Recently I returned from a ministry trip to India, but within thirty-six hours I was on the road again. This time my destination was a women’s retreat about ninety minutes from Atlanta, Georgia. I spoke in the evening, and the next morning the director of the retreat came to my cabin with two Iranian women she felt I would be interested in meeting. I was given the American version of their names: Marcie and Miriam.
We chatted for a moment, and then, knowing they were both from a Muslim nation, I asked them each to share how they had come to place their faith in Jesus Christ. I wasn’t prepared for the thrilling blessing they began to pour out upon me as they shared their personal journeys of faith. They hadn’t been just saved from sin. They hadn’t just converted to the Christian religion. They were both in love with Jesus! For the next hour or so, they shared with me why—it was a love forged in the fires of pain and persecution.
Toward the end of our time together, with tears streaming down their lovely faces, they made a comment that haunts me still: They said it had been easier for them to experience God’s peace and presence and power inside Evin Prison than on the outside in America. Evin Prison! The prison in Tehran that has a worse reputation than Alcatraz or Angola in the United States. A place that causes even the strongest to shudder. How could that be?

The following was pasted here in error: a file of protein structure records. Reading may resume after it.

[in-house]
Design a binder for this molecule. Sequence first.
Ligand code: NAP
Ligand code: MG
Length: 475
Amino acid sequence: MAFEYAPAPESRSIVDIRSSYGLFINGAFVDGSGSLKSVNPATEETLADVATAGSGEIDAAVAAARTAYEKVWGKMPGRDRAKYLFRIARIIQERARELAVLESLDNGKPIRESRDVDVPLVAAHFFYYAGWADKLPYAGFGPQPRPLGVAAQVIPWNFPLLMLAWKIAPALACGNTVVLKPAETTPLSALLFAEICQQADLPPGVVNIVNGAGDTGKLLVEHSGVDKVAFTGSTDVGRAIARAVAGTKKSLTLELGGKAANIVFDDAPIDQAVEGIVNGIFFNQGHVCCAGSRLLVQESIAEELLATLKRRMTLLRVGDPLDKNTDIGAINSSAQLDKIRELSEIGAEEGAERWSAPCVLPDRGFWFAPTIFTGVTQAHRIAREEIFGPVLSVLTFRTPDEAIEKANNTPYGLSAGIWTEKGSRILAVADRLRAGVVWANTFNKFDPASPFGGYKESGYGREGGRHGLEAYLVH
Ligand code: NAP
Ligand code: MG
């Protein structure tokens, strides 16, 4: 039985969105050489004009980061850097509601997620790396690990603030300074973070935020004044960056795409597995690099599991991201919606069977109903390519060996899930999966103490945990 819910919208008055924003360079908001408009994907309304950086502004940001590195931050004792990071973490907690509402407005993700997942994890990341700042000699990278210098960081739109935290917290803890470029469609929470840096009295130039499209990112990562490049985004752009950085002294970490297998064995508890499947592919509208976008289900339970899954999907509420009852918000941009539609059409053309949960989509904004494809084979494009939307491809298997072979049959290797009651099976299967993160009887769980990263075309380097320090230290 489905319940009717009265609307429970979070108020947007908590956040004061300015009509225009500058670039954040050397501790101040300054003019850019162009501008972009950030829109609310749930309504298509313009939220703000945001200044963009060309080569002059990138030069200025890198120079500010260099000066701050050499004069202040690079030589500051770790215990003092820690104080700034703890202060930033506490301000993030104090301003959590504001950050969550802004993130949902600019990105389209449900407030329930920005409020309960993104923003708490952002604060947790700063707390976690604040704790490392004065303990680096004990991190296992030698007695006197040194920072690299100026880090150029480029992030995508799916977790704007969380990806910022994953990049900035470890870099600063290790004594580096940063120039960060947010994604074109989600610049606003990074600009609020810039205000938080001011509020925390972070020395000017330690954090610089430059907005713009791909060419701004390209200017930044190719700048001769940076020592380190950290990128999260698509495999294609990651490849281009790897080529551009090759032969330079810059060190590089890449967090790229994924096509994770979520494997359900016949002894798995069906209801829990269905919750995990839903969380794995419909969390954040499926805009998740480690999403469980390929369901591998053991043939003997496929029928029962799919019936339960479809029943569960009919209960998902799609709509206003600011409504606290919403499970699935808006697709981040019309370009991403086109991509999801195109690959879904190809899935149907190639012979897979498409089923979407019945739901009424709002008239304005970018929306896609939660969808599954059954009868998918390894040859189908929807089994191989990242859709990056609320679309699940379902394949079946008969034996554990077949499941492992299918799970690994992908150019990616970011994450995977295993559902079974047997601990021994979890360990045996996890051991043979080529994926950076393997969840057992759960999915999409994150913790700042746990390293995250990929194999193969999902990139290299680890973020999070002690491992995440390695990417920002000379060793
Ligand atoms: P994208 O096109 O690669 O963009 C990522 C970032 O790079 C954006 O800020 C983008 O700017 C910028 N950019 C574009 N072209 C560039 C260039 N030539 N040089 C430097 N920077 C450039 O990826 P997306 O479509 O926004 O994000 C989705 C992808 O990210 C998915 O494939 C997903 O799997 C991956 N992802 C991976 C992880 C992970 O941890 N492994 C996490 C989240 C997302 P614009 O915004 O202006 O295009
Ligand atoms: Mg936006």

Because I had a plane to catch, there was no time to find out why they would make such a comment. Or to hear some of their experiences inside Evin Prison. Or how they had known God there. Or how their faith had not only survived the experience, but thrived in it! So several weeks later, when I received a letter from them asking for permission to send me the manuscript of their new book for the purpose of writing the foreword, I quickly agreed. I couldn’t wait to plunge into the details of their experience. And I was not disappointed.
As I read, I was held spellbound page after page, story after story. But what impacted me most was not the words they used to describe life behind prison walls, but what I read between the lines. I was, and still am, blown away by their boldness, their strength, their steadfastness, and their unwavering declaration of Jesus as the Son of God, the Savior of the world, the risen Lord and King. They lovingly and fearlessly presented Him to broken women who responded with tearful desperation, to manipulative women who tried to use them for their own purposes, to hostile officials and guards who had the power to torture, to judges who could have released them earlier if they had just been willing to compromise their faith.